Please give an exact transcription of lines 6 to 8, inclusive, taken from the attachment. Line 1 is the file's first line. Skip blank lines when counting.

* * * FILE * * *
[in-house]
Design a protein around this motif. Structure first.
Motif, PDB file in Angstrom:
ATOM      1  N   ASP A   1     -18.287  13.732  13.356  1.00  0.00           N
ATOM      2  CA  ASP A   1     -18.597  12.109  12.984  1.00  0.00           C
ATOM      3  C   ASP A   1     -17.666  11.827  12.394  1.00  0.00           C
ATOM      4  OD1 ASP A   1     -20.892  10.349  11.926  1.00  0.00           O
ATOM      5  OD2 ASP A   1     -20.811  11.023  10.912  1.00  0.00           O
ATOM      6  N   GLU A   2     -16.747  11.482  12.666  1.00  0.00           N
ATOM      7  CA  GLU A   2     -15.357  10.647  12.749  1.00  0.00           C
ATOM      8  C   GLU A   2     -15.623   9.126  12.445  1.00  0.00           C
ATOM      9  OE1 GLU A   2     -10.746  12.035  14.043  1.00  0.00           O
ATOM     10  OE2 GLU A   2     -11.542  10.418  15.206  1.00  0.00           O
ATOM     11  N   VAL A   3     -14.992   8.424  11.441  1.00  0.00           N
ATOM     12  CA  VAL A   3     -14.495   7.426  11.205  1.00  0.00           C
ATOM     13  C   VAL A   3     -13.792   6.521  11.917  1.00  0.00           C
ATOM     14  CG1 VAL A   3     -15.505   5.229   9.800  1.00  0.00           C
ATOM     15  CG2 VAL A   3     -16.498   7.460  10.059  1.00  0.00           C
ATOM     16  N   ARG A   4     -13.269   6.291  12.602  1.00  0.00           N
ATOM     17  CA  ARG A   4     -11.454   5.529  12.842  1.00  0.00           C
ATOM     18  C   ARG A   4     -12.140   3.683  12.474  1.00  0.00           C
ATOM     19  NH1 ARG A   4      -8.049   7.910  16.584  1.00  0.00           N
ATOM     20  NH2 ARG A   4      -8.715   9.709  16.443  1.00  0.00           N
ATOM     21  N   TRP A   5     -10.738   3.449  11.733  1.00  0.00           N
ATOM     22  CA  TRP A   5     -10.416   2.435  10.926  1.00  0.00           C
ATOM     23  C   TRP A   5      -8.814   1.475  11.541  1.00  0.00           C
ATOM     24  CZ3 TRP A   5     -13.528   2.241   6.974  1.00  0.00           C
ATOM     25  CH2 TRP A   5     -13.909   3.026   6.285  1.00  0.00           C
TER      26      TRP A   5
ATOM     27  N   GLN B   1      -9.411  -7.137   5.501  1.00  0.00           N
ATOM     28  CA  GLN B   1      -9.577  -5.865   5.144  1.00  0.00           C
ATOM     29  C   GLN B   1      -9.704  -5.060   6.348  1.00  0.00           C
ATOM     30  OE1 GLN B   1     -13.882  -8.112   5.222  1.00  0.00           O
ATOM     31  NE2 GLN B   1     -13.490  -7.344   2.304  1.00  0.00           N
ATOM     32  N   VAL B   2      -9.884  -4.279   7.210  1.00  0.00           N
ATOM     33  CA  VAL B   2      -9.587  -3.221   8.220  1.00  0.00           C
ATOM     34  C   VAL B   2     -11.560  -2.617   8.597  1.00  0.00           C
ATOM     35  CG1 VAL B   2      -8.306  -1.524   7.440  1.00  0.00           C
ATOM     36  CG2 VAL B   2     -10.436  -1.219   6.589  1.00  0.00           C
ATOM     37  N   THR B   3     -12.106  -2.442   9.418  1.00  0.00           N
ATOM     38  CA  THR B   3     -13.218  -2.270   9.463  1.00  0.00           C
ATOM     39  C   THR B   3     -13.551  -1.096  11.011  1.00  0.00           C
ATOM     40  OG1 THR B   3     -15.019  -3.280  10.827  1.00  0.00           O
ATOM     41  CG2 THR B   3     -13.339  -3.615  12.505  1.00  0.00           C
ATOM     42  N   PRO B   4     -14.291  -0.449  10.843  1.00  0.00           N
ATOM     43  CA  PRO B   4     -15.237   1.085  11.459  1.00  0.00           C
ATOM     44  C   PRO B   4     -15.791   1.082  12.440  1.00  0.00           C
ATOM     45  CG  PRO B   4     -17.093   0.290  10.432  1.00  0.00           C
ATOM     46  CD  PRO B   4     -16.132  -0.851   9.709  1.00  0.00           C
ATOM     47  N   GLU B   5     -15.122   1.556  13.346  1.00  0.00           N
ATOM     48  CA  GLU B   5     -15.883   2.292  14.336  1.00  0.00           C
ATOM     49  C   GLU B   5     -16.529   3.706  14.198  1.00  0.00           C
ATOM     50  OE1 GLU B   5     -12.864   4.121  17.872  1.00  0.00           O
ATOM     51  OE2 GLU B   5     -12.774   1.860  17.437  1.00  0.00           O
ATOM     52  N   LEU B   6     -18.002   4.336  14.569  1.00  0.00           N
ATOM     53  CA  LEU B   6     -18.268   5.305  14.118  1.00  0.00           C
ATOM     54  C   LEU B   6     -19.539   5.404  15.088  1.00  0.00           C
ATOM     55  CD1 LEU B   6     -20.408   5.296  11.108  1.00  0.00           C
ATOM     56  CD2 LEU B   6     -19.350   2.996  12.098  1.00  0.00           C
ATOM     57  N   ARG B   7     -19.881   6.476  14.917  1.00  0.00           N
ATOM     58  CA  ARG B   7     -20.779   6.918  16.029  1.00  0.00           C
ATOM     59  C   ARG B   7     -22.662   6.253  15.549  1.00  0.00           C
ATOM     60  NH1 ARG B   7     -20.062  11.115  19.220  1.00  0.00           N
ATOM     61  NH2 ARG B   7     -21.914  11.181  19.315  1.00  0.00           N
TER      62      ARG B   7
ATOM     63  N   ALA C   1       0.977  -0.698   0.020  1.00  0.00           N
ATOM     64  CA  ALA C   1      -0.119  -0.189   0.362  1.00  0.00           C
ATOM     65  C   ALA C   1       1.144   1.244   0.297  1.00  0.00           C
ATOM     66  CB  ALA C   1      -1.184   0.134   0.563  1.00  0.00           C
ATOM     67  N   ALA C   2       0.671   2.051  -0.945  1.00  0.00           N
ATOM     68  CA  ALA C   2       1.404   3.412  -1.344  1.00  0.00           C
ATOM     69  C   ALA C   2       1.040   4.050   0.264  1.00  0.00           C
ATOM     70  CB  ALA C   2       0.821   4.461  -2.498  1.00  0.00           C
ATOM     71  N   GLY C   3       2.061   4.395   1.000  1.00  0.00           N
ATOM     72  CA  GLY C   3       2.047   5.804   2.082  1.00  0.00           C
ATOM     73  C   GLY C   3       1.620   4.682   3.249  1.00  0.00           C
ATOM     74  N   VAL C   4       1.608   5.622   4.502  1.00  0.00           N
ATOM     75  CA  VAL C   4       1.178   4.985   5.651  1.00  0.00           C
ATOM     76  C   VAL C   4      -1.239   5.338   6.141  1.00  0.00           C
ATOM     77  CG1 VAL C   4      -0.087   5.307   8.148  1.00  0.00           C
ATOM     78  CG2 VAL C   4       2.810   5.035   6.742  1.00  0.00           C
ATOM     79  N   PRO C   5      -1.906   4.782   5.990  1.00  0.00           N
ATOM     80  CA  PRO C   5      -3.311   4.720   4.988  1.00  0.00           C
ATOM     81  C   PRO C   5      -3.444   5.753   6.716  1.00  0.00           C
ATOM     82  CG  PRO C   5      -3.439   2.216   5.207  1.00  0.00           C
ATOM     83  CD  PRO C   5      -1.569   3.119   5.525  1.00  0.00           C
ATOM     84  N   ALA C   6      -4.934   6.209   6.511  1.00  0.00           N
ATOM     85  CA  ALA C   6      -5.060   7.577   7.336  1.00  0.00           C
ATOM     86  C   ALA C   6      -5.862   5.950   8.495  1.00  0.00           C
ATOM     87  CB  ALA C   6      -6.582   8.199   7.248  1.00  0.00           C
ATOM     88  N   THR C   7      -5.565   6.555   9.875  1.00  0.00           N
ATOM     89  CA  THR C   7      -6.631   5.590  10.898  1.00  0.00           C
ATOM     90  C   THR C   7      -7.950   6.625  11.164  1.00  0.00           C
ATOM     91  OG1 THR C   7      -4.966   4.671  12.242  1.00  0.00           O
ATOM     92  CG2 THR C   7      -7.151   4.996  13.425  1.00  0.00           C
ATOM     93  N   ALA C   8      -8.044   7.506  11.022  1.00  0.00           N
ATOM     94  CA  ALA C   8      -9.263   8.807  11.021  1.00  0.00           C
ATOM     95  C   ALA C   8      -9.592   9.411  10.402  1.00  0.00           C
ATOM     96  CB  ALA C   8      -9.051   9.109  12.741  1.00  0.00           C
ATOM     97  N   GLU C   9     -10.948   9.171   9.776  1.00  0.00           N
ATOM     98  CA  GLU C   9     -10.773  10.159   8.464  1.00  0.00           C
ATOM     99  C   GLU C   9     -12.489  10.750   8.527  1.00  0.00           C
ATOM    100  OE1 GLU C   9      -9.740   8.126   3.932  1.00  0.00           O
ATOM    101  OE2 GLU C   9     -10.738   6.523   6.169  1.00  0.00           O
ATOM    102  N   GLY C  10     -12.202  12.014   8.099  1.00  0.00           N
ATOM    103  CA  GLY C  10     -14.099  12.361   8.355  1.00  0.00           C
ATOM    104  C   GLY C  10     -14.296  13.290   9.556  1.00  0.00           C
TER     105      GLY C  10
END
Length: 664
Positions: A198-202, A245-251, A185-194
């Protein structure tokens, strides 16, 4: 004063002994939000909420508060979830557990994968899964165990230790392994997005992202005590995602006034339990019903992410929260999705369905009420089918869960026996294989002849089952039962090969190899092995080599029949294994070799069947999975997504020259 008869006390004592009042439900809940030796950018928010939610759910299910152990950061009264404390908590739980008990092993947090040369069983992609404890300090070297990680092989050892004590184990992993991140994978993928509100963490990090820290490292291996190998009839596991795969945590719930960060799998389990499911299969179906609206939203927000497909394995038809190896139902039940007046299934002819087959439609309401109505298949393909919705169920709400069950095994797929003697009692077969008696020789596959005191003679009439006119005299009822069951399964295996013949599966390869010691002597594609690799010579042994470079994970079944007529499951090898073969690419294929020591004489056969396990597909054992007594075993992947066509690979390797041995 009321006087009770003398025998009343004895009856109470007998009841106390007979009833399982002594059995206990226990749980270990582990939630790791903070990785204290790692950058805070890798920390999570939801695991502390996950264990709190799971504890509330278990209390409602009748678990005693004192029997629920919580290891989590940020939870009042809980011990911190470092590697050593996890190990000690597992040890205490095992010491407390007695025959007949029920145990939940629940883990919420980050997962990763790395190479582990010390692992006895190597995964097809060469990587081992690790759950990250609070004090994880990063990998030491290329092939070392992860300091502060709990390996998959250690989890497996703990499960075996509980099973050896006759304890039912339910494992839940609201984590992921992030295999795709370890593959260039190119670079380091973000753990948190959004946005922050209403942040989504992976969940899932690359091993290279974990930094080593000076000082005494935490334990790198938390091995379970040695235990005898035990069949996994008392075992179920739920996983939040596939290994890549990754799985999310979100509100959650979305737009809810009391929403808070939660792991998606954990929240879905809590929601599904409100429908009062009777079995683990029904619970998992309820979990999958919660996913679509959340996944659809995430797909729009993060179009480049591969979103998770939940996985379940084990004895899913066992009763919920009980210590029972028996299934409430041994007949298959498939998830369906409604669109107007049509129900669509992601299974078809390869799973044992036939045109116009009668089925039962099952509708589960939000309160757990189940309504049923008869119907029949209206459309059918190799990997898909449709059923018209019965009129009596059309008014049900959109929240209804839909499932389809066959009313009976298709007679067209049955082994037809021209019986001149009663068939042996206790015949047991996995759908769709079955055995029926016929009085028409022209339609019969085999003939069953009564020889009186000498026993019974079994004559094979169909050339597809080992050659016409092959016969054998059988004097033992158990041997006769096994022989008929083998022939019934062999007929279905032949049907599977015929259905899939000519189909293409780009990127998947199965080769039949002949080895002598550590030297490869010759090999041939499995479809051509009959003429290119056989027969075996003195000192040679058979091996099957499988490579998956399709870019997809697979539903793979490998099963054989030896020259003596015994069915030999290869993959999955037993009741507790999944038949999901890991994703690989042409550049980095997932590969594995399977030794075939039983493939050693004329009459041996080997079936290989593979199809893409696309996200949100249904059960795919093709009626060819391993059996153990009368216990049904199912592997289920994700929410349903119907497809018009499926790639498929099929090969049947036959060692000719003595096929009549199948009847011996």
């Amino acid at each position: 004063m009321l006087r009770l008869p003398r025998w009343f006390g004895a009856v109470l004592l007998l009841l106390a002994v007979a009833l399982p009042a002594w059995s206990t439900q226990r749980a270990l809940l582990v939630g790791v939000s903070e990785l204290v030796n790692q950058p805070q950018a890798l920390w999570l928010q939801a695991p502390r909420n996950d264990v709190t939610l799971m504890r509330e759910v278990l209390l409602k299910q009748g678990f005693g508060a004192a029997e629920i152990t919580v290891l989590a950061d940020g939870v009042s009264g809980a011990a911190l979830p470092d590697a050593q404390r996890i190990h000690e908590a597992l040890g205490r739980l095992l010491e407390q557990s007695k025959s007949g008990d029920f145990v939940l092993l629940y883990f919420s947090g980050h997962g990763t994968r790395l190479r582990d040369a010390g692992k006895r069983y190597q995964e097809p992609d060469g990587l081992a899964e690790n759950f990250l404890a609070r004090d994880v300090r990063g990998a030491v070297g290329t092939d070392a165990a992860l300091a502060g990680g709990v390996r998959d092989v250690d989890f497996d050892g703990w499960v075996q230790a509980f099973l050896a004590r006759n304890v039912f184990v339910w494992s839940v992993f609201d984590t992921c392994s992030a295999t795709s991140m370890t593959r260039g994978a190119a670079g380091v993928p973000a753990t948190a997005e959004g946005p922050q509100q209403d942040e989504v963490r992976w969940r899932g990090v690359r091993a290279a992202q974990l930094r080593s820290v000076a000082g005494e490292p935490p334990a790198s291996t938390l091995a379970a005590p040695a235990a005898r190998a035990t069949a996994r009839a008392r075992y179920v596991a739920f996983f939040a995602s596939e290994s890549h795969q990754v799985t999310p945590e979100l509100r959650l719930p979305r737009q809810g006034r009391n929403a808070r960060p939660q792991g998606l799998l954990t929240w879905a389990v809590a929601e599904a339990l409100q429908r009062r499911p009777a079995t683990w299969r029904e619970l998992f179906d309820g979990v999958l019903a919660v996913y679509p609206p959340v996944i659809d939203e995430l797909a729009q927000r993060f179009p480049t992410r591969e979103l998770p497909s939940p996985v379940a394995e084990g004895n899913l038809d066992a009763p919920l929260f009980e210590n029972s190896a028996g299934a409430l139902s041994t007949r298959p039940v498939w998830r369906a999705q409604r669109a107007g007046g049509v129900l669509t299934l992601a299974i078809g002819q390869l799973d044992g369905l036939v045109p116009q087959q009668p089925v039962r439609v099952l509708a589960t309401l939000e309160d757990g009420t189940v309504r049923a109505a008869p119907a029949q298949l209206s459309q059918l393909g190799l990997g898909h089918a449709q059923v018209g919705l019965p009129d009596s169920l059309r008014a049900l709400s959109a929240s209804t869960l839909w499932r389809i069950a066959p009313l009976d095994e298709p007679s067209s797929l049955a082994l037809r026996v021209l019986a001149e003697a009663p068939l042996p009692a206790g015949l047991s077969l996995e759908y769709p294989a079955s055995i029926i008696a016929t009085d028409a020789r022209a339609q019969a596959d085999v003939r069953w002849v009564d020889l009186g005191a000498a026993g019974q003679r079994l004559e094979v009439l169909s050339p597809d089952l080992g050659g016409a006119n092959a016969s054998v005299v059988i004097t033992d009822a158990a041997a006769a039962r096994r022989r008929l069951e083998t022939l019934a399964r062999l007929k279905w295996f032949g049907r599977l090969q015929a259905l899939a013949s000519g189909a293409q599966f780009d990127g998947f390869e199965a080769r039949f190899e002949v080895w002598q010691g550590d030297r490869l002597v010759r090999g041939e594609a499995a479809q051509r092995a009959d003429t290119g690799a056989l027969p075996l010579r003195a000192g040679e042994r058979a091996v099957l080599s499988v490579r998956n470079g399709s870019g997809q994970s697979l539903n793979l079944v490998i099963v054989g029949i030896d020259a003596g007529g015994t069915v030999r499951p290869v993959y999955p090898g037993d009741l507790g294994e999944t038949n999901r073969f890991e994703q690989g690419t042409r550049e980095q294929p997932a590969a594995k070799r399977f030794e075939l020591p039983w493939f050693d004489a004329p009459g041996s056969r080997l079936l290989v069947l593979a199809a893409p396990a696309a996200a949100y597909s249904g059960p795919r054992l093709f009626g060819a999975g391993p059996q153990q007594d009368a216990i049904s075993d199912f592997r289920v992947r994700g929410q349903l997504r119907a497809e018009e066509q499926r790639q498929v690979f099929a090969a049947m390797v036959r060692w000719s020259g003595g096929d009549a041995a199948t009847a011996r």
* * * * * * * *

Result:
ATOM      3  C   ASP A   1     -17.666  11.827  12.394  1.00  0.00           C
ATOM      4  OD1 ASP A   1     -20.892  10.349  11.926  1.00  0.00           O
ATOM      5  OD2 ASP A   1     -20.811  11.023  10.912  1.00  0.00           O